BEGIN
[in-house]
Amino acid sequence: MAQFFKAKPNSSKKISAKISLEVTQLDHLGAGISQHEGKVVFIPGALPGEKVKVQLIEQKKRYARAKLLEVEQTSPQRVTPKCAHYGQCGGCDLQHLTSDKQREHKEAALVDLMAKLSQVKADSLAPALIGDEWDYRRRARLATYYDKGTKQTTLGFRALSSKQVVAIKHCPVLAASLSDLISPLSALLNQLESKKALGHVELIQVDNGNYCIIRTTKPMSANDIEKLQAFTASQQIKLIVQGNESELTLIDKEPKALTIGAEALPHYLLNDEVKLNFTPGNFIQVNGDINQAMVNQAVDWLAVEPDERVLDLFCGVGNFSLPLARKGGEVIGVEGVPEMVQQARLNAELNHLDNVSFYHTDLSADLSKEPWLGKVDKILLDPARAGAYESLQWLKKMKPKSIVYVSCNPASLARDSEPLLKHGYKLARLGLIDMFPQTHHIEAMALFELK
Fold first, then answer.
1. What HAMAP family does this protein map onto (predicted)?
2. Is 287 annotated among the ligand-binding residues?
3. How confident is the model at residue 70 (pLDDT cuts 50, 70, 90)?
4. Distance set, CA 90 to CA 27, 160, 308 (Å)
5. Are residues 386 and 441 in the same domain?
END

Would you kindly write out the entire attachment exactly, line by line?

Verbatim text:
[in-house]
Amino acid sequence: MAQFFKAKPNSSKKISAKISLEVTQLDHLGAGISQHEGKVVFIPGALPGEKVKVQLIEQKKRYARAKLLEVEQTSPQRVTPKCAHYGQCGGCDLQHLTSDKQREHKEAALVDLMAKLSQVKADSLAPALIGDEWDYRRRARLATYYDKGTKQTTLGFRALSSKQVVAIKHCPVLAASLSDLISPLSALLNQLESKKALGHVELIQVDNGNYCIIRTTKPMSANDIEKLQAFTASQQIKLIVQGNESELTLIDKEPKALTIGAEALPHYLLNDEVKLNFTPGNFIQVNGDINQAMVNQAVDWLAVEPDERVLDLFCGVGNFSLPLARKGGEVIGVEGVPEMVQQARLNAELNHLDNVSFYHTDLSADLSKEPWLGKVDKILLDPARAGAYESLQWLKKMKPKSIVYVSCNPASLARDSEPLLKHGYKLARLGLIDMFPQTHHIEAMALFELK
Fold first, then answer.
1. What HAMAP family does this protein map onto (predicted)?
2. Is 287 annotated among the ligand-binding residues?
3. How confident is the model at residue 70 (pLDDT cuts 50, 70, 90)?
4. Distance set, CA 90 to CA 27, 160, 308 (Å)
5. Are residues 386 and 441 in the same domain?